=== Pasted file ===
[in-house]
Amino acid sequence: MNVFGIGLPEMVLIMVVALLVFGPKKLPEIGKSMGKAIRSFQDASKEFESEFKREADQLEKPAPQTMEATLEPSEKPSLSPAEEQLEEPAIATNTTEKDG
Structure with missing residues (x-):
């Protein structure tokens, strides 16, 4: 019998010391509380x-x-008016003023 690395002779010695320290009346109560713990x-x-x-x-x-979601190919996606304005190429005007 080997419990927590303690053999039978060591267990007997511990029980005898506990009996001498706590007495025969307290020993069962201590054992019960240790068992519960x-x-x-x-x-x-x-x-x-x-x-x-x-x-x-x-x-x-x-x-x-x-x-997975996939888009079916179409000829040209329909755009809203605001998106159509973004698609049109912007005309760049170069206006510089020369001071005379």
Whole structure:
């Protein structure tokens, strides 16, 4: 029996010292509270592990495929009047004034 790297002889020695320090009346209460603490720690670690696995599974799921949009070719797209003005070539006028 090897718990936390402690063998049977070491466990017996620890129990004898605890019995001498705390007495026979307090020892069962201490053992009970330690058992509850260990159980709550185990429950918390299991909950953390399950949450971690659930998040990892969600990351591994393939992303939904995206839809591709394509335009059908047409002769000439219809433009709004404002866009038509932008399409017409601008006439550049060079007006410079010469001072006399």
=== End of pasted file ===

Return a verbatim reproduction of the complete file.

[in-house]
Amino acid sequence: MNVFGIGLPEMVLIMVVALLVFGPKKLPEIGKSMGKAIRSFQDASKEFESEFKREADQLEKPAPQTMEATLEPSEKPSLSPAEEQLEEPAIATNTTEKDG
Structure with missing residues (x-):
């Protein structure tokens, strides 16, 4: 019998010391509380x-x-008016003023 690395002779010695320290009346109560713990x-x-x-x-x-979601190919996606304005190429005007 080997419990927590303690053999039978060591267990007997511990029980005898506990009996001498706590007495025969307290020993069962201590054992019960240790068992519960x-x-x-x-x-x-x-x-x-x-x-x-x-x-x-x-x-x-x-x-x-x-x-997975996939888009079916179409000829040209329909755009809203605001998106159509973004698609049109912007005309760049170069206006510089020369001071005379």
Whole structure:
């Protein structure tokens, strides 16, 4: 029996010292509270592990495929009047004034 790297002889020695320090009346209460603490720690670690696995599974799921949009070719797209003005070539006028 090897718990936390402690063998049977070491466990017996620890129990004898605890019995001498705390007495026979307090020892069962201490053992009970330690058992509850260990159980709550185990429950918390299991909950953390399950949450971690659930998040990892969600990351591994393939992303939904995206839809591709394509335009059908047409002769000439219809433009709004404002866009038509932008399409017409601008006439550049060079007006410079010469001072006399």